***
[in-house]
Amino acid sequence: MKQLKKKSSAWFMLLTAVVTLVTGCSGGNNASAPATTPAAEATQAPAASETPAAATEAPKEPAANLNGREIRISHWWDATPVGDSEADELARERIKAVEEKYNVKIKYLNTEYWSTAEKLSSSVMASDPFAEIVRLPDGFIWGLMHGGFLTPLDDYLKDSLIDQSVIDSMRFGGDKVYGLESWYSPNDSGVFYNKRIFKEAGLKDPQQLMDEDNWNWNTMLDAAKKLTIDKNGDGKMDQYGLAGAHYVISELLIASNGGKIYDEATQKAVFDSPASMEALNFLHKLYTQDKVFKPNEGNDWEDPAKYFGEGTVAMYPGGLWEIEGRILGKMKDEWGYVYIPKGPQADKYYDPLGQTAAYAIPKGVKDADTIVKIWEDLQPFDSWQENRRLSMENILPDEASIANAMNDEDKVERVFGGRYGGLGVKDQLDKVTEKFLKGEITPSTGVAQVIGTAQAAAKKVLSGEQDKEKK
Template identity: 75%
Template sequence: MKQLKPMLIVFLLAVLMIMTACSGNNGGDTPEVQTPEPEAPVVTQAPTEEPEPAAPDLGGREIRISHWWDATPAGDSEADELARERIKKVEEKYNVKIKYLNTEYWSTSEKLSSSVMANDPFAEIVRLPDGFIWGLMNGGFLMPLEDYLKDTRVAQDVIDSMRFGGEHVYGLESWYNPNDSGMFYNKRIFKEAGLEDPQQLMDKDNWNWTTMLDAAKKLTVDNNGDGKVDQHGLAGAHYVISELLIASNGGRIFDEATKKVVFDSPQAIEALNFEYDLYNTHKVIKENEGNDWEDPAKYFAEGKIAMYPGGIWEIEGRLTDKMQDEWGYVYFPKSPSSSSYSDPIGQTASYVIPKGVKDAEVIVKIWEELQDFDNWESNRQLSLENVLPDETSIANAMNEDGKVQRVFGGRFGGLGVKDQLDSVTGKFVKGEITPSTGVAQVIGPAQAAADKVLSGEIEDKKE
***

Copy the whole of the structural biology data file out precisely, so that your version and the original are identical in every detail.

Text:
[in-house]
Amino acid sequence: MKQLKKKSSAWFMLLTAVVTLVTGCSGGNNASAPATTPAAEATQAPAASETPAAATEAPKEPAANLNGREIRISHWWDATPVGDSEADELARERIKAVEEKYNVKIKYLNTEYWSTAEKLSSSVMASDPFAEIVRLPDGFIWGLMHGGFLTPLDDYLKDSLIDQSVIDSMRFGGDKVYGLESWYSPNDSGVFYNKRIFKEAGLKDPQQLMDEDNWNWNTMLDAAKKLTIDKNGDGKMDQYGLAGAHYVISELLIASNGGKIYDEATQKAVFDSPASMEALNFLHKLYTQDKVFKPNEGNDWEDPAKYFGEGTVAMYPGGLWEIEGRILGKMKDEWGYVYIPKGPQADKYYDPLGQTAAYAIPKGVKDADTIVKIWEDLQPFDSWQENRRLSMENILPDEASIANAMNDEDKVERVFGGRYGGLGVKDQLDKVTEKFLKGEITPSTGVAQVIGTAQAAAKKVLSGEQDKEKK
Template identity: 75%
Template sequence: MKQLKPMLIVFLLAVLMIMTACSGNNGGDTPEVQTPEPEAPVVTQAPTEEPEPAAPDLGGREIRISHWWDATPAGDSEADELARERIKKVEEKYNVKIKYLNTEYWSTSEKLSSSVMANDPFAEIVRLPDGFIWGLMNGGFLMPLEDYLKDTRVAQDVIDSMRFGGEHVYGLESWYNPNDSGMFYNKRIFKEAGLEDPQQLMDKDNWNWTTMLDAAKKLTVDNNGDGKVDQHGLAGAHYVISELLIASNGGRIFDEATKKVVFDSPQAIEALNFEYDLYNTHKVIKENEGNDWEDPAKYFAEGKIAMYPGGIWEIEGRLTDKMQDEWGYVYFPKSPSSSSYSDPIGQTASYVIPKGVKDAEVIVKIWEELQDFDNWESNRQLSLENVLPDETSIANAMNEDGKVQRVFGGRFGGLGVKDQLDSVTGKFVKGEITPSTGVAQVIGPAQAAADKVLSGEIEDKKE